To run the code above after the component did mount, we'll use react's useEffect. To display different messages (according to the tracking state) we will use react's useState. The whole app.js will now look like this:

import React, { useState, useEffect } from 'react';
import viewarApi from 'viewar-api';
import styles from './app.scss';

export default (props) => {
  // State variable holding the tracking status (default false).
  const [tracking, setTracking] = useState(false);

  useEffect(() => {
    async function onTrackingChanges(evt) {
      setTracking(evt.tracked);                                                 // Update any tracking changes.
    }

    async function activateTracking() {
      await viewarApi.cameras.arCamera.activate();                              // Activate AR camera.
      viewarApi.tracker.on("trackingTargetStatusChanged", onTrackingChanges);   // Listen for tracking changes.
      await viewarApi.tracker.activate();                                       // Activate the default tracker.
    }

    // Activate the tracking.
    activateTracking();
  }, []);                                                                       // Empty array => run only on component did mount.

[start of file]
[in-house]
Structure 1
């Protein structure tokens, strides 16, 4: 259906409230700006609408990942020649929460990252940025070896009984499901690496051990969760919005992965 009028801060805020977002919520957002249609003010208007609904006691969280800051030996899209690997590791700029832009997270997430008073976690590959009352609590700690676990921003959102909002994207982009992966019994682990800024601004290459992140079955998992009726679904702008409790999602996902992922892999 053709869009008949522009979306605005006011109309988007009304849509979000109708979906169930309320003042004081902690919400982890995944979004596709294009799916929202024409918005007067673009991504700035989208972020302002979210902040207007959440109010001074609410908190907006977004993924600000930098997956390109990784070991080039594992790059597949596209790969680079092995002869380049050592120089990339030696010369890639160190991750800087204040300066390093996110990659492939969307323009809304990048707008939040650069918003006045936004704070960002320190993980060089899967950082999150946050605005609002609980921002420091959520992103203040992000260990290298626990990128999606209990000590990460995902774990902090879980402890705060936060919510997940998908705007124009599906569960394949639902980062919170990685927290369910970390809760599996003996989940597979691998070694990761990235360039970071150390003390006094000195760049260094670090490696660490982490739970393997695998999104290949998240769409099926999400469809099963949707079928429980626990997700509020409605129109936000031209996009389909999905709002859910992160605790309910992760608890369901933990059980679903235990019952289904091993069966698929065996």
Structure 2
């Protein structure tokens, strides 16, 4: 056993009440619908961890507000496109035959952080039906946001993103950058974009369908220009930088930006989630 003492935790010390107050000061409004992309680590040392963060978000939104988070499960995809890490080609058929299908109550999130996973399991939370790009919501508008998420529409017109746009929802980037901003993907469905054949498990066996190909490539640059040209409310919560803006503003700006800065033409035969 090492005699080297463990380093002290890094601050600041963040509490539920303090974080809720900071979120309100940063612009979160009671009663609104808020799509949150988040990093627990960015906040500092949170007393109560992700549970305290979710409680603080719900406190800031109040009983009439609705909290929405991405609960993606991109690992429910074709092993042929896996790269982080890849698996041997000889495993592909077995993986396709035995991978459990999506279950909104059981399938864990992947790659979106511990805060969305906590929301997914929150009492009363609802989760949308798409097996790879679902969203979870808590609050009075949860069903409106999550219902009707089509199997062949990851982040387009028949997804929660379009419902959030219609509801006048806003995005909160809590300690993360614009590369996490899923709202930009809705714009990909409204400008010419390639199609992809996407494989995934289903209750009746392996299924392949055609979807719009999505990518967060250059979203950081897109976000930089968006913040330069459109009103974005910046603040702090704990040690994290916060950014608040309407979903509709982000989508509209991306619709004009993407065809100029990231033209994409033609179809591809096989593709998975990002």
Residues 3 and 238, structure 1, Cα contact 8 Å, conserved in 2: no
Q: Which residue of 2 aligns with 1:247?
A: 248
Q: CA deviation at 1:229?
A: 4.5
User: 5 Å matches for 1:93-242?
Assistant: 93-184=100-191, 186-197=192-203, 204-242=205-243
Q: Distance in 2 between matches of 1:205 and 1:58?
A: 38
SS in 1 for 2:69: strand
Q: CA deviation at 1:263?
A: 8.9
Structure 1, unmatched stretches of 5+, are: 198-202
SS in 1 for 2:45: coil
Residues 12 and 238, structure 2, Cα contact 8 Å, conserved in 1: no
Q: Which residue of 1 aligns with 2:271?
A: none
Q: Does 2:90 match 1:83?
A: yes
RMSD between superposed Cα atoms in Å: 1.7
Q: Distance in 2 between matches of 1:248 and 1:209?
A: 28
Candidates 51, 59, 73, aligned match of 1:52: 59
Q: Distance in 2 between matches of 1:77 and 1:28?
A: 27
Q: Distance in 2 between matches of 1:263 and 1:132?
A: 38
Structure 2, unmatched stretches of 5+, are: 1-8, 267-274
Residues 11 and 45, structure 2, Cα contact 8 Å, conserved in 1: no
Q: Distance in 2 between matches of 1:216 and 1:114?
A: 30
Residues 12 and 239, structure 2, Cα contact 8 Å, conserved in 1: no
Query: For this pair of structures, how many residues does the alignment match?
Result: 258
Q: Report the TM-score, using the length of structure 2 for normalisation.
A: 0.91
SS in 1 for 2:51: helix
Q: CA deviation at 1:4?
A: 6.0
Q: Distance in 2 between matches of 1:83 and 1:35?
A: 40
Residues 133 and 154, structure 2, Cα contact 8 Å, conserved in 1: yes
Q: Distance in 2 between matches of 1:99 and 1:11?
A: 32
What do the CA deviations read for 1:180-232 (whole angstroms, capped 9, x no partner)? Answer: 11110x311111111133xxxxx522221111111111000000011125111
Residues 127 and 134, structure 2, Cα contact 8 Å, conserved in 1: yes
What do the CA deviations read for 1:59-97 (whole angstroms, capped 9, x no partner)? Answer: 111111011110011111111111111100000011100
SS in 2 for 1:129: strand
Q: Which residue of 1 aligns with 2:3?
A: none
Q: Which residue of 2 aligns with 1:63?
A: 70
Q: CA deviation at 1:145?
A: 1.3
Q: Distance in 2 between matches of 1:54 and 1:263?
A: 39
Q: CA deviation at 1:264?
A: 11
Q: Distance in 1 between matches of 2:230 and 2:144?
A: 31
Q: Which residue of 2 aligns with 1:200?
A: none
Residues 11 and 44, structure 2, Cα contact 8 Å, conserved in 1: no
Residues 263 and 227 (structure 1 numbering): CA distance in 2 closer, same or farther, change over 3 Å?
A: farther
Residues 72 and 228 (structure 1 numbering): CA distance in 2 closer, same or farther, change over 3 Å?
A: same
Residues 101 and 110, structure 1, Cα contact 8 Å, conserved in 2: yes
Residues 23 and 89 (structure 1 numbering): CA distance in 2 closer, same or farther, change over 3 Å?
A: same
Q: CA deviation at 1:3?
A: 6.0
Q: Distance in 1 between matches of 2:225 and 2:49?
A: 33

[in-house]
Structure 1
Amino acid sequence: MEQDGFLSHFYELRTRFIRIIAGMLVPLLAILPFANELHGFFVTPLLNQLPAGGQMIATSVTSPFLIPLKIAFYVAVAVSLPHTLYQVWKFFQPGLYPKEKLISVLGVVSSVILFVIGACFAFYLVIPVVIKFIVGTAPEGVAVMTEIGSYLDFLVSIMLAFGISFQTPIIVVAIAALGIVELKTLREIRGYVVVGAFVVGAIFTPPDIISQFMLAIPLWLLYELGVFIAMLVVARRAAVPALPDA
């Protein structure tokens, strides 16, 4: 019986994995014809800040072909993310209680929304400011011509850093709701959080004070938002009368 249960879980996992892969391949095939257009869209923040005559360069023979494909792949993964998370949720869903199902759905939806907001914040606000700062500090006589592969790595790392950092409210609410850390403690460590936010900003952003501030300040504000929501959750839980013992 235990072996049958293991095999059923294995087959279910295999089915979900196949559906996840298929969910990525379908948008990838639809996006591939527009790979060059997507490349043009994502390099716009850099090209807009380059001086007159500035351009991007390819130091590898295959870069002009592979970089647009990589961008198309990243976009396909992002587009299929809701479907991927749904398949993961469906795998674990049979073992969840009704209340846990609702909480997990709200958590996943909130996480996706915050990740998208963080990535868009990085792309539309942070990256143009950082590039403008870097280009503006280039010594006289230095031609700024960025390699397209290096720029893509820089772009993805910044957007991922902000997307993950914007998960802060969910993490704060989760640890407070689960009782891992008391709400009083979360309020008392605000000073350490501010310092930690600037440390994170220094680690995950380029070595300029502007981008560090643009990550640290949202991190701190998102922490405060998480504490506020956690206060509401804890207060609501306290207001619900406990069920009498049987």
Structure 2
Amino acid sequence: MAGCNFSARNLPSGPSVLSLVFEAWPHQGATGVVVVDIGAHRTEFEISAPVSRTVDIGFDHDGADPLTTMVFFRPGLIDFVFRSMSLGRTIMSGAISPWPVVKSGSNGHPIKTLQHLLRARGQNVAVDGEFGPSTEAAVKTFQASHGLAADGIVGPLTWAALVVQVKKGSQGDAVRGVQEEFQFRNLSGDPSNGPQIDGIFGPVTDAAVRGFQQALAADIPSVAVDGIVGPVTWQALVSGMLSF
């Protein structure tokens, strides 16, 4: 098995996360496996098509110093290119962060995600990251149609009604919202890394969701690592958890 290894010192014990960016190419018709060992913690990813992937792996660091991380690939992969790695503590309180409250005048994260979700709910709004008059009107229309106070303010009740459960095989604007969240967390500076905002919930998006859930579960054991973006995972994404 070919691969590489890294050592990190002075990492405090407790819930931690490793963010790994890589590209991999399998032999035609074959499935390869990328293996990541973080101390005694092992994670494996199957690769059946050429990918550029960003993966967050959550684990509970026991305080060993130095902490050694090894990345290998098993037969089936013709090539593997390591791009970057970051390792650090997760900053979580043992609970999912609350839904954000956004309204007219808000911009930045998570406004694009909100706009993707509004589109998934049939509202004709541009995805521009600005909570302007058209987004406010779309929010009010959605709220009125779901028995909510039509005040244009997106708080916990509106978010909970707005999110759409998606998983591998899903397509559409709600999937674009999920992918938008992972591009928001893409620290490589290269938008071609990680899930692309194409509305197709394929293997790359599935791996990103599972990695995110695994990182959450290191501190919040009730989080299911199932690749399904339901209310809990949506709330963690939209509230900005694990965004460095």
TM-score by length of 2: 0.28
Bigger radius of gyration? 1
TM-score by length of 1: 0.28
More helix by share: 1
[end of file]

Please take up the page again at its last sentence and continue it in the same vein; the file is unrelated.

// Render different message dependend on tracking status.
  if (tracking) {
    return (
      <div className={styles.TrackingHint}>
        Tracking initialized.
      </div>
    );
  } else {
    return (
      <div className={styles.TrackingHint}>
        Please film the floor and move your device sideways.
      </div>
    );
  }

}

And our newly created app.scss with the tracking hint stylings:

.TrackingHint {
  position: absolute;
  left: 50%;
  top: 50%;
  transform: translate(-50%, -50%);
  background-color: rgba(0, 0, 0, .6);
  color: white;
  padding: 1em 2em;
  border-radius: 1em;
}

Congratulations! Now you should be able to see some inserted sample model instance on the floor. Without the tracking provider the model instances would float around the floor.

Insert Arvatar

The next step is to use the Arvatar instead of the sample models. The first thing we do is to remove the sample model insertion from our code. It's located in src/index.js.

// Remove our comment out all the lines below. 
const sheepModel = await viewarApi.modelManager.fetchModelFromRepository(
  '20'
);

for (let x = 0; x < 20; ++x) {
  await viewarApi.sceneManager.insertModel(sheepModel, {
    pose: {
      position: {
        x: Math.random() * 4000 - 2000,
        y: 0,
        z: Math.random() * 4000 - 2000,
      },
    },
  });
}

Then we install the viewar-guide package, containing the logic for our arvatar.